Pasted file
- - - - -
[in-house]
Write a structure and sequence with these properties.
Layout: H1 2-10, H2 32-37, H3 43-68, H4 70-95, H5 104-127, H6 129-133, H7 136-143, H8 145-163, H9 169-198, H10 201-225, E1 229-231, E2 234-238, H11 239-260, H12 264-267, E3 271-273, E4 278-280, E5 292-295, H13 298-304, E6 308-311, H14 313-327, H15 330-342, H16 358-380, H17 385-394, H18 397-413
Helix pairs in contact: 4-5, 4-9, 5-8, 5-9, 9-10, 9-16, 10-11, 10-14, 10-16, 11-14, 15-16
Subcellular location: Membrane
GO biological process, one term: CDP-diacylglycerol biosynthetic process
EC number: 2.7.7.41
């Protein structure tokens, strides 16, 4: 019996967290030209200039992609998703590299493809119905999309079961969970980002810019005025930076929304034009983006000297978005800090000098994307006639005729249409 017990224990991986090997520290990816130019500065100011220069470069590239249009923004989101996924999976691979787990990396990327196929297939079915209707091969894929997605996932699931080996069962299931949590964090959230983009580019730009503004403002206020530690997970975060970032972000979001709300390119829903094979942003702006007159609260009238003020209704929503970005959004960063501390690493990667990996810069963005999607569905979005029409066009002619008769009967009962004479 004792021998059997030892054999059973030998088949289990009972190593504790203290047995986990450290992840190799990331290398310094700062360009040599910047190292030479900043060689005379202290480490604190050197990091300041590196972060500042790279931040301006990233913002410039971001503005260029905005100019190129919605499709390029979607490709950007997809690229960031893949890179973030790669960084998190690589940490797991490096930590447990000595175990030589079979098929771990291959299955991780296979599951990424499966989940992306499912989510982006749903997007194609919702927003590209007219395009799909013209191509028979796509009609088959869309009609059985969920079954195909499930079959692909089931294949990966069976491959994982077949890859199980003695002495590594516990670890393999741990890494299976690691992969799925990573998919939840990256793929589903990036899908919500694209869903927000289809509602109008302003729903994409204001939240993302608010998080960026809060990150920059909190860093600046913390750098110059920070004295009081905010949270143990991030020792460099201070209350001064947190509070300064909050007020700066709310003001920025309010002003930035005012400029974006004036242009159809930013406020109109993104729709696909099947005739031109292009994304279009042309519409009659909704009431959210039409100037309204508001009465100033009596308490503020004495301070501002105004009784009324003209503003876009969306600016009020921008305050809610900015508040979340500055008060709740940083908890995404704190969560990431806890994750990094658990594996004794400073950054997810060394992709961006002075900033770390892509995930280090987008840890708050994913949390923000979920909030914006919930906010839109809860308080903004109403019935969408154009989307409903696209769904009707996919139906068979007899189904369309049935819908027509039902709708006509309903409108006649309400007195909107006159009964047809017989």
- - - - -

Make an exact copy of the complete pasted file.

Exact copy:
[in-house]
Write a structure and sequence with these properties.
Layout: H1 2-10, H2 32-37, H3 43-68, H4 70-95, H5 104-127, H6 129-133, H7 136-143, H8 145-163, H9 169-198, H10 201-225, E1 229-231, E2 234-238, H11 239-260, H12 264-267, E3 271-273, E4 278-280, E5 292-295, H13 298-304, E6 308-311, H14 313-327, H15 330-342, H16 358-380, H17 385-394, H18 397-413
Helix pairs in contact: 4-5, 4-9, 5-8, 5-9, 9-10, 9-16, 10-11, 10-14, 10-16, 11-14, 15-16
Subcellular location: Membrane
GO biological process, one term: CDP-diacylglycerol biosynthetic process
EC number: 2.7.7.41
């Protein structure tokens, strides 16, 4: 019996967290030209200039992609998703590299493809119905999309079961969970980002810019005025930076929304034009983006000297978005800090000098994307006639005729249409 017990224990991986090997520290990816130019500065100011220069470069590239249009923004989101996924999976691979787990990396990327196929297939079915209707091969894929997605996932699931080996069962299931949590964090959230983009580019730009503004403002206020530690997970975060970032972000979001709300390119829903094979942003702006007159609260009238003020209704929503970005959004960063501390690493990667990996810069963005999607569905979005029409066009002619008769009967009962004479 004792021998059997030892054999059973030998088949289990009972190593504790203290047995986990450290992840190799990331290398310094700062360009040599910047190292030479900043060689005379202290480490604190050197990091300041590196972060500042790279931040301006990233913002410039971001503005260029905005100019190129919605499709390029979607490709950007997809690229960031893949890179973030790669960084998190690589940490797991490096930590447990000595175990030589079979098929771990291959299955991780296979599951990424499966989940992306499912989510982006749903997007194609919702927003590209007219395009799909013209191509028979796509009609088959869309009609059985969920079954195909499930079959692909089931294949990966069976491959994982077949890859199980003695002495590594516990670890393999741990890494299976690691992969799925990573998919939840990256793929589903990036899908919500694209869903927000289809509602109008302003729903994409204001939240993302608010998080960026809060990150920059909190860093600046913390750098110059920070004295009081905010949270143990991030020792460099201070209350001064947190509070300064909050007020700066709310003001920025309010002003930035005012400029974006004036242009159809930013406020109109993104729709696909099947005739031109292009994304279009042309519409009659909704009431959210039409100037309204508001009465100033009596308490503020004495301070501002105004009784009324003209503003876009969306600016009020921008305050809610900015508040979340500055008060709740940083908890995404704190969560990431806890994750990094658990594996004794400073950054997810060394992709961006002075900033770390892509995930280090987008840890708050994913949390923000979920909030914006919930906010839109809860308080903004109403019935969408154009989307409903696209769904009707996919139906068979007899189904369309049935819908027509039902709708006509309903409108006649309400007195909107006159009964047809017989």